Many think of gentrification today as wealthy, white millennials moving into low-income, minority neighborhoods and driving up housing costs. Yet a new study suggests that another group may play a key role in the process: immigrants.
Gentrification, in which affluent outsiders settle and renovate rundown neighborhoods, generally decreases in white neighborhoods when immigrants from Asia and Latin America move in. The opposite is true in black neighborhoods, where rising immigrant numbers increase the odds an area will be gentrified.
“Changing the ethnoracial composition might make neighborhoods seem more amenable for [white] people to move in,” suggests study coauthor and sociologist Jackelyn Hwang of Stanford University, who presented her findings April 11 at the annual meeting of the Population Association of America in Austin, Texas.
Wealthy and middle-class whites fled the nation’s cities for racially homogenous suburbs in the 1950s and ’60s. Then over the next few decades, they slowly returned to cities to be closer to jobs and other amenities. That return triggered the gentrification of urban communities, initially in predominately white and other nonblack neighborhoods. By the 1990s, though, whites were also moving to predominately black neighborhoods.
In 2015, Hwang showed that, even in the 1970s and ’80s, black neighborhoods were more likely to be gentrified following the arrival of Asian and Hispanic immigrants. With the number of U.S. immigrants growing from 9.7 million in 1970 to 42.4 million in 2014, Hwang suspected her earlier observations might still hold true.
In a new analysis involving 151 U.S. cities with populations over 100,000, Hwang used census data from 1990, 2000 and 2010, as well as estimates from the 2010–2014 American Community Surveys tracking demographic trends (referred to in the study collectively as 2012 data). Within those cities, Hwang isolated census tracts, which serve as proxies for neighborhoods of about 4,000 people, that had a median household income below the city’s 1990 median household income. These tracts could be gentrified, she theorized.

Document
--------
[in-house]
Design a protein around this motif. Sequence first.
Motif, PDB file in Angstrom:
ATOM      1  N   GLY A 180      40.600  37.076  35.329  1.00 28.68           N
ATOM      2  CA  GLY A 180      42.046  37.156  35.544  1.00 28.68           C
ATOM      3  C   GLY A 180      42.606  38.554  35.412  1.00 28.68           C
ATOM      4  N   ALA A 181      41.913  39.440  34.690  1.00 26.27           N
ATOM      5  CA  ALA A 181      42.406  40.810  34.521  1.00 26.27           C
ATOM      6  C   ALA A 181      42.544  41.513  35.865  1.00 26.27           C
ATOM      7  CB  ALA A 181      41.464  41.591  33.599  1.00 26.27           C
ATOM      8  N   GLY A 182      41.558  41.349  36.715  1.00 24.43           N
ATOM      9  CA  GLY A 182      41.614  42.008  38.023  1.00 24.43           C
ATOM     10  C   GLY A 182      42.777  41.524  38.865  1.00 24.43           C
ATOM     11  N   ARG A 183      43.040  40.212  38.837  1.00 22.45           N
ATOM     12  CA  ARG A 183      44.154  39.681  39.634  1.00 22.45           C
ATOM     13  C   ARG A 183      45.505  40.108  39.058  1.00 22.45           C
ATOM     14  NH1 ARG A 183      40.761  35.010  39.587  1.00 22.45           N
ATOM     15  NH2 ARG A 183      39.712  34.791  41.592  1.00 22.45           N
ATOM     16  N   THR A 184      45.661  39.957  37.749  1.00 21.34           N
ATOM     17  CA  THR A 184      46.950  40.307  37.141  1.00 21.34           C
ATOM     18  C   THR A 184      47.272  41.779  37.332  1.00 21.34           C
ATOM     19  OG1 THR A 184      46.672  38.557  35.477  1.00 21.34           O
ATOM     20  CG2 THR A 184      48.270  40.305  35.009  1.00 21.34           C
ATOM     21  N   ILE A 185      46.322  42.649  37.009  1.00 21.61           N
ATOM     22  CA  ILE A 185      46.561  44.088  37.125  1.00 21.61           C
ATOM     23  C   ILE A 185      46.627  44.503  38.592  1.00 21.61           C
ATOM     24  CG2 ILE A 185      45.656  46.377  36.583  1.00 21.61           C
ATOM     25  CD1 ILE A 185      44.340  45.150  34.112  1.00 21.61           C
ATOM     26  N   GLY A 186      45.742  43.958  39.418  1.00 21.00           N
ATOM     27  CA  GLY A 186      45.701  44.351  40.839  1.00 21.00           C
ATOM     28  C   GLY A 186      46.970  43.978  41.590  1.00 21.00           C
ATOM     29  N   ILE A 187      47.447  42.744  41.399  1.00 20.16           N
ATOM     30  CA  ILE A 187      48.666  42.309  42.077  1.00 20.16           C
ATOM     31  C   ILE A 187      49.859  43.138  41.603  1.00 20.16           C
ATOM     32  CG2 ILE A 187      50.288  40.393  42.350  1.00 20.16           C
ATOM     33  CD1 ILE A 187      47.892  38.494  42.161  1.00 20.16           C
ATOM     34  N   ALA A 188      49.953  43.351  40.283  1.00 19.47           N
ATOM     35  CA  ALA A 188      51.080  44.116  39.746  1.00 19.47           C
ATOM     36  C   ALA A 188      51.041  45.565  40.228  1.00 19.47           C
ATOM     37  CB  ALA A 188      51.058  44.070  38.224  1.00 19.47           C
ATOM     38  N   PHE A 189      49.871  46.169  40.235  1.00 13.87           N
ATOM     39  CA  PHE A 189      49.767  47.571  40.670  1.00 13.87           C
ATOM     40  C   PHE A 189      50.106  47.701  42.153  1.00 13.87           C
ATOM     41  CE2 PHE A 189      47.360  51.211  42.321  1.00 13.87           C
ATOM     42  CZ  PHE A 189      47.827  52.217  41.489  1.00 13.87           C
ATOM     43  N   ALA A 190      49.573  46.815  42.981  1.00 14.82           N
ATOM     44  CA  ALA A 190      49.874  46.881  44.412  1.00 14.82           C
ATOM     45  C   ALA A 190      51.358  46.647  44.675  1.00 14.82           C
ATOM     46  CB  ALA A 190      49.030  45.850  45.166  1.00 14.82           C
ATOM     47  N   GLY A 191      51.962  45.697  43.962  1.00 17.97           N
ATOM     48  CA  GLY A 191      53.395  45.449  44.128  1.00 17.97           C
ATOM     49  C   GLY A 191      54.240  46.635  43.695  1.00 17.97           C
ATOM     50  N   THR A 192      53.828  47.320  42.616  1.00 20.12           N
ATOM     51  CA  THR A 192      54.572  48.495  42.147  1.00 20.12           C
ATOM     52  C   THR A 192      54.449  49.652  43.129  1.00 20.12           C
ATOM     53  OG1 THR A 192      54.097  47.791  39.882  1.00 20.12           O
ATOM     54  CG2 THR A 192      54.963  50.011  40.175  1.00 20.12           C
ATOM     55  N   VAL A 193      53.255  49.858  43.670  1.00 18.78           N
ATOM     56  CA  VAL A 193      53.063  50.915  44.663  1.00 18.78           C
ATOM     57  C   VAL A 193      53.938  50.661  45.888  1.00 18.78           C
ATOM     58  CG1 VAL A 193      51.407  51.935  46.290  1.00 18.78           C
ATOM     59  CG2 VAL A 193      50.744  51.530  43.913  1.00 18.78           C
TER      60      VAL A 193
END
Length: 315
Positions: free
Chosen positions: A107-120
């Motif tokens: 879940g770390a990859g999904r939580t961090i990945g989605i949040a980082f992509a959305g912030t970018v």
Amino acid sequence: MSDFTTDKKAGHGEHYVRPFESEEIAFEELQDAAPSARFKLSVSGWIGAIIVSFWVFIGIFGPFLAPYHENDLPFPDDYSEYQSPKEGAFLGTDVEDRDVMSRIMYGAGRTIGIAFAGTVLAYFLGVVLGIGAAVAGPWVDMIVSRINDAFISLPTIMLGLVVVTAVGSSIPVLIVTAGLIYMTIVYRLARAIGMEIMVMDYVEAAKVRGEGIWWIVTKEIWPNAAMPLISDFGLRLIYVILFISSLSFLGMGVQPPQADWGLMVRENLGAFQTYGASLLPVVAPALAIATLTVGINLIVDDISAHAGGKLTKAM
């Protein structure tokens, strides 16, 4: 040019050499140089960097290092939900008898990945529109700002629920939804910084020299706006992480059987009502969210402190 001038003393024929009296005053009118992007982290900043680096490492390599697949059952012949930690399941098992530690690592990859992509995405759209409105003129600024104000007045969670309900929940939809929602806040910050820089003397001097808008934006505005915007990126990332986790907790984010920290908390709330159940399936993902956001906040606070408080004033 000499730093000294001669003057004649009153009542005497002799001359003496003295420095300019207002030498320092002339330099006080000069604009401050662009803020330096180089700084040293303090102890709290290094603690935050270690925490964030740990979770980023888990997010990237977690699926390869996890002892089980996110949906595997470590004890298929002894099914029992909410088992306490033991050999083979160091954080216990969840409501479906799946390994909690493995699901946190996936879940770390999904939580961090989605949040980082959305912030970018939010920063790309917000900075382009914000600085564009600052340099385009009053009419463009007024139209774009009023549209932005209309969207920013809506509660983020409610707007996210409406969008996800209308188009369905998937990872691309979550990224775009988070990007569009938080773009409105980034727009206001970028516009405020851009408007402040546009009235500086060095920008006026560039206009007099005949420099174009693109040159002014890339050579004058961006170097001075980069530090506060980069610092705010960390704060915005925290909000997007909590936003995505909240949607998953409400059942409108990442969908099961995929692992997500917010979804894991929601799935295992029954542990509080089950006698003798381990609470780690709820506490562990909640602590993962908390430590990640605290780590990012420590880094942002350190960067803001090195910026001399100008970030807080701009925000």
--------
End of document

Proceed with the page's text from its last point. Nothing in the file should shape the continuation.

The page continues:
She then estimated how many actually had been gentrified by counting tracts where either median household incomes or the share of college-educated residents had risen faster between 1990 and 2012 than those measures for the overall city. She found that about half of the eligible tracts had gentrified during that period.
Next, Hwang broke those gentrifying tracts down by race. She found that, in the 1990s, an influx of immigrants decreased the odds of gentrification in nonblack neighborhoods, but slightly increased those odds in predominately black neighborhoods. From 2000 to 2012, a 1 percent increase in immigrants to a black neighborhood increased the likelihood of gentrification by 9 percent. Conversely, the presence of immigrants in white and other nonblack neighborhoods decreased the likelihood of gentrification by 4 to 5 percent.
The research underlines that “gentrification is a much more complicated phenomenon than a white hipster moving into a black neighborhood,” says Mahesh Somashekhar, a sociologist at the University of Illinois at Chicago not involved with the study.
However, sociologist Derek Hyra suggests immigration trends may not be a main driver of gentrification. Instead, he wonders if all people, including blacks, whites and recent immigrants from Asia and Latin America, are simply following new jobs that happen to be located near historically black neighborhoods.
Researchers must recognize that gentrification is a more complicated, nuanced phenomenon than has been recognized in the past, says Hyra, from American University in Washington, D.C. “There’s something beyond the white-black paradigm to understanding the gentrification wave of the 2000s.”
Editor’s note: This story was updated April 23, 2019, to cite both authors on the paper presented at the Population Association of America meeting.